Like our Facebook profile, this is the wall for the Facebook fan page. You can use it to upload images, text, share links, ask questions and upload videos. I would suggest that you use in as creative a manner as possible.  Apart from publishing your latest post to your fan page using RSS Graffiti, I also suggest you that you work on asking interesting questions and engage your users in conversation.


Publicity: Getting your business featured on media outlets can be a great way to reach new customers, but connecting with the right people to make it happen can sometimes be difficult. You can always submit and post press releases for news and announcements from your business through online press release distribution services. While press releases can work, they can also be time-consuming and are often ignored. Another option that often produces better results is to sign up for media requests through Help A Reporter Out. Once you sign up, you'll receive emails listing requests for professional sources from media outlets, including newspapers, magazines, radio and TV programs, blogs, and podcasts.
If you’re just starting out developing your Facebook mission, one great place to start is with your fans’ expectations. What can your fans expect when they become a fan of your page? One optimal place to display expectations is on a custom welcome tab so all of your new fans will know what to expect before they start engaging on your wall. The following example is from the Facebook page of Pam Hendrickson Consulting.

This is where you enter the name of your website or product promotion, remembering to keep it short and snappy. Don’t try to cram it with keywords. Keep it to only the most relevant. Keep in mind for SEO purposes that the first word will have more sway in Google than the other words in your title. In this example, John could choose Dating with Love-Nest to be effective.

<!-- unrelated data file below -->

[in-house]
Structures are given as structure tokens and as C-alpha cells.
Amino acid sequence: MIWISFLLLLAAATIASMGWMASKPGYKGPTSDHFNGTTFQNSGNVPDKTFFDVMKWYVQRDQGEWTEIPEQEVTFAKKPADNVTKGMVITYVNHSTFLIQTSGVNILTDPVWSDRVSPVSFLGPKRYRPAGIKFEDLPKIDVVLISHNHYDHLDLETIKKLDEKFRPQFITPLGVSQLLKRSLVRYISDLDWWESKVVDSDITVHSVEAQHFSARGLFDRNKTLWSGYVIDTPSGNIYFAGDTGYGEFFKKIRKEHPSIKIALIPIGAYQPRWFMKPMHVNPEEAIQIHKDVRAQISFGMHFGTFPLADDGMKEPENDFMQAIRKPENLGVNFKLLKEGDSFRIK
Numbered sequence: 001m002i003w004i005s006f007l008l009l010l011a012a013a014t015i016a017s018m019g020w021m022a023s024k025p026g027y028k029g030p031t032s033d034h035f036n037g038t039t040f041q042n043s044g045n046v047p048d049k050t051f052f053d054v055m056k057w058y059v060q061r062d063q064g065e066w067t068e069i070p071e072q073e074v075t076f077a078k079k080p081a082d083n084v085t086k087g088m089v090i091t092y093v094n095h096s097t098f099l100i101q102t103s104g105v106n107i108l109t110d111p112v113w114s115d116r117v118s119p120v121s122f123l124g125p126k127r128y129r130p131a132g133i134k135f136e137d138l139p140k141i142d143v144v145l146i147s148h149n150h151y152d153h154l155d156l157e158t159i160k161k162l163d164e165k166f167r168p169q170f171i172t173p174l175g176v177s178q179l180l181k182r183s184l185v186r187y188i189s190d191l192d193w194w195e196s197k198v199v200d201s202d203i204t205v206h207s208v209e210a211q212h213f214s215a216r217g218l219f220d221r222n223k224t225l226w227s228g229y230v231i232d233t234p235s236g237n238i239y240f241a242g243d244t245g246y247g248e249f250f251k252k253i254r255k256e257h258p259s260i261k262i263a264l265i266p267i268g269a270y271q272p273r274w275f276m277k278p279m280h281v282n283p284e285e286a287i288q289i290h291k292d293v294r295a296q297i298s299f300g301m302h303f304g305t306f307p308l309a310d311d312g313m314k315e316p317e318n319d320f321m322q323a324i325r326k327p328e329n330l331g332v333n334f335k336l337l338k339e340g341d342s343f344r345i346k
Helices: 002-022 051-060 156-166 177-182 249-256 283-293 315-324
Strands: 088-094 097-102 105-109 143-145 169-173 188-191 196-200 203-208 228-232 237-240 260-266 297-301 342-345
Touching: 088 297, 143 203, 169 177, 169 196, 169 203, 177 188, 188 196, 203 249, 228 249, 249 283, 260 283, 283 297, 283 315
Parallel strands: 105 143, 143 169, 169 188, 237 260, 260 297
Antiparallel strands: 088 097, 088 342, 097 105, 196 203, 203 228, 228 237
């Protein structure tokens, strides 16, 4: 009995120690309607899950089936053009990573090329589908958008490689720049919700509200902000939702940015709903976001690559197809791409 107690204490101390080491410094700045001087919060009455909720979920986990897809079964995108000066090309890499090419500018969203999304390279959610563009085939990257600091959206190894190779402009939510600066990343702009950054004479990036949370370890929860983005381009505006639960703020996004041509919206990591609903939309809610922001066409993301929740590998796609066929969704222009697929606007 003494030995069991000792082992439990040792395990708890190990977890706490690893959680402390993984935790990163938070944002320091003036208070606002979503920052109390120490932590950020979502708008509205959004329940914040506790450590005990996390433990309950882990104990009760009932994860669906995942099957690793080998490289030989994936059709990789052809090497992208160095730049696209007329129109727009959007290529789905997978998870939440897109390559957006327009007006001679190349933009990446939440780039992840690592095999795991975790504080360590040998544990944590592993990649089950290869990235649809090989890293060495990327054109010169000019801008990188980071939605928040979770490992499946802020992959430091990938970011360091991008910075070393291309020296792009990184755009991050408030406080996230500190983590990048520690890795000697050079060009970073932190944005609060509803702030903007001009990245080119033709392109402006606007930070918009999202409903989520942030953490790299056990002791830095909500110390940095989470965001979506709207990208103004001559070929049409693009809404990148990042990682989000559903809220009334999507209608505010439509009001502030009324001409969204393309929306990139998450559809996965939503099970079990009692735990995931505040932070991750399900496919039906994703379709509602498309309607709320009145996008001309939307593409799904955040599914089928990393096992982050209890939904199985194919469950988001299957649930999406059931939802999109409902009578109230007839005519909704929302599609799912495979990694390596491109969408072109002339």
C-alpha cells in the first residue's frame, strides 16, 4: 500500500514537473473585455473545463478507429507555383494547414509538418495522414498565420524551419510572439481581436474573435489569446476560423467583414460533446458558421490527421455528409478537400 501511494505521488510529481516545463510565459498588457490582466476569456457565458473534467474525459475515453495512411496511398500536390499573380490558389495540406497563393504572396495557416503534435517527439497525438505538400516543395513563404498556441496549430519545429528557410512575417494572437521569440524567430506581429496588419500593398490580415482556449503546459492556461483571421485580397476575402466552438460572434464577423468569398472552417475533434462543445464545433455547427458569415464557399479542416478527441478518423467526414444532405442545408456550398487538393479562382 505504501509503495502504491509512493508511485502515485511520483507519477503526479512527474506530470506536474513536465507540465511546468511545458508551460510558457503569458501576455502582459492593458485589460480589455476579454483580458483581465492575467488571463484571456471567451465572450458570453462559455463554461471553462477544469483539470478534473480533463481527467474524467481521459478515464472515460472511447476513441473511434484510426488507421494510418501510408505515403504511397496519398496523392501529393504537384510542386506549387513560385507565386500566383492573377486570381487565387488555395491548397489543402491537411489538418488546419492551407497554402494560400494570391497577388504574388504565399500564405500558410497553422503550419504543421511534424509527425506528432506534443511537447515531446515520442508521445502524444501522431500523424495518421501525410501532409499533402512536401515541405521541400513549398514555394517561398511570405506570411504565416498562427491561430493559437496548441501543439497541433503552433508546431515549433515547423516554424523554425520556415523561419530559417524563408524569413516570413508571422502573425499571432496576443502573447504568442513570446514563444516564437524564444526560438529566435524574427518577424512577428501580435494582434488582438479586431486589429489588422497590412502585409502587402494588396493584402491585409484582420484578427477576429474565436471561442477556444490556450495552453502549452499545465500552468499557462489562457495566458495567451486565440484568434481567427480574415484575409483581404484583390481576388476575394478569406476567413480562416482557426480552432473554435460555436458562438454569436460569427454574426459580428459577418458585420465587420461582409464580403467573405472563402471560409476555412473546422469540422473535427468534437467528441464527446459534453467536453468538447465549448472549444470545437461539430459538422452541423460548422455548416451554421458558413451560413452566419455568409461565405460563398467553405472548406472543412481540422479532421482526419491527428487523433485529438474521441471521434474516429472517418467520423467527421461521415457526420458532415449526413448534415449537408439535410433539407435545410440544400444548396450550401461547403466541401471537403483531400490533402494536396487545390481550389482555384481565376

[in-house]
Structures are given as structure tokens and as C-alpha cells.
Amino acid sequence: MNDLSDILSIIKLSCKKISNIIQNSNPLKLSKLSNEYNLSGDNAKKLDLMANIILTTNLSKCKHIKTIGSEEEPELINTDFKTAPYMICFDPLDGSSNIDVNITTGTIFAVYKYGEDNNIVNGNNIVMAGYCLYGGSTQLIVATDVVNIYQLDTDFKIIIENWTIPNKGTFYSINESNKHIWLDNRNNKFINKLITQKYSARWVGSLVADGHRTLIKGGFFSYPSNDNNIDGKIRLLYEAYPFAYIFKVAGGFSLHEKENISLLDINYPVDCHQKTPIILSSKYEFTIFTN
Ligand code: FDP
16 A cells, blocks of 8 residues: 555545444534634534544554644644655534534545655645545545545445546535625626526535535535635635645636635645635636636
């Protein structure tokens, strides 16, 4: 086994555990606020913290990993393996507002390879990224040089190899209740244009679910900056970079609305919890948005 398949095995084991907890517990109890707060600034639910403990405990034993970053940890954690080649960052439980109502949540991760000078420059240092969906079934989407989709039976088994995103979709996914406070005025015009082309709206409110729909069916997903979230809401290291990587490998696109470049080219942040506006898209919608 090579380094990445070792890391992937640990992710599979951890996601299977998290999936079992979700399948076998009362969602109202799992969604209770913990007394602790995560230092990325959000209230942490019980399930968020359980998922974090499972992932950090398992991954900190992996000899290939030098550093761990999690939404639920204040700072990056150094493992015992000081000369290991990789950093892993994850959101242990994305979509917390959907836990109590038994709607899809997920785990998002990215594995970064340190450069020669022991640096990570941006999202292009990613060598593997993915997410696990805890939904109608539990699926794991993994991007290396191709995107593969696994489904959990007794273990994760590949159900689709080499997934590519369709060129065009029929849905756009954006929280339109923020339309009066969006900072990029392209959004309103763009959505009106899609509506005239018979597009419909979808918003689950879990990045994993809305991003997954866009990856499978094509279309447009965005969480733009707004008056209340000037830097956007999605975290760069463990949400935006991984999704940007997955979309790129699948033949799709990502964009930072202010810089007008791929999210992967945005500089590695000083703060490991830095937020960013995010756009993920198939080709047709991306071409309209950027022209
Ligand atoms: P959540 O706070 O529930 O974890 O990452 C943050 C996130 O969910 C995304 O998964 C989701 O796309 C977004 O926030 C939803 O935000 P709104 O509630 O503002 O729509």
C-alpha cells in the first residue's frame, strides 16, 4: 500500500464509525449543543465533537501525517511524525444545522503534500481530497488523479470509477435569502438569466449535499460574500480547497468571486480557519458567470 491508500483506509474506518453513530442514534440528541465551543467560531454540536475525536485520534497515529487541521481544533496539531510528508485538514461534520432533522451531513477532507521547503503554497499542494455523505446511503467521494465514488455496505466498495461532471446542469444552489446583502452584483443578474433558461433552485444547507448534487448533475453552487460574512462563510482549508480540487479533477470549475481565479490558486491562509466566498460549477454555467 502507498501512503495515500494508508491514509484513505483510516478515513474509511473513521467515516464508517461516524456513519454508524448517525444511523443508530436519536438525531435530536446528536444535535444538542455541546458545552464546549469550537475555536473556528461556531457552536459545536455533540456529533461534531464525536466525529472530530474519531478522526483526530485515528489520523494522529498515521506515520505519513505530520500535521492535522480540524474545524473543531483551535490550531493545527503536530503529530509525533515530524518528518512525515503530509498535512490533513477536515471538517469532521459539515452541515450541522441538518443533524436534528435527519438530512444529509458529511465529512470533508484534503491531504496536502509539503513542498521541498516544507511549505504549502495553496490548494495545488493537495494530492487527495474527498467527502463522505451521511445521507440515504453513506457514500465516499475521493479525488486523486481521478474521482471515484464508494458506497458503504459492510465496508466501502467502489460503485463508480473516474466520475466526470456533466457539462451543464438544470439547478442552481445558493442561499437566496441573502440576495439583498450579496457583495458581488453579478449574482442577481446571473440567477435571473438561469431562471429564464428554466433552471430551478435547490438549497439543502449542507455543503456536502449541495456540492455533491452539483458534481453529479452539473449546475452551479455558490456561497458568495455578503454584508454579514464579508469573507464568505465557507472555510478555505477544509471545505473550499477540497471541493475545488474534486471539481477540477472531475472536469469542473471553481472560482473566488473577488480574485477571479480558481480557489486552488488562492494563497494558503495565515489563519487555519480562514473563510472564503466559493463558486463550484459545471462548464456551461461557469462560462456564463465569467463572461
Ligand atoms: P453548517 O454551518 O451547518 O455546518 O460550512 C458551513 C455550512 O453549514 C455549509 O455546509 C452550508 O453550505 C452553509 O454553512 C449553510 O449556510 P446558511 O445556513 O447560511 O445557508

The phrase, "Affiliates are an extended sales force for your business", which is often used to explain affiliate marketing, is not completely accurate. The primary difference between the two is that affiliate marketers provide little if any influence on a possible prospect in the conversion process once that prospect is directed to the advertiser's website. The sales team of the advertiser, however, does have the control and influence up to the point where the prospect either a) signs the contract, or b) completes the purchase.
We’ve all heard those horror stories about folks who accidentally published personal content to their employers’ social media channels -- a marketer’s worst nightmare. So to avoid publishing mishaps like those, assign Facebook Business Page roles only to the employees who absolutely need it for the work they do each day. And before you do that, be sure to provide adequate training to those who are new to social media management, so they aren't confused about when they should be hitting "publish," what they should be posting, if something should be scheduled first, and who they should be posting it as.
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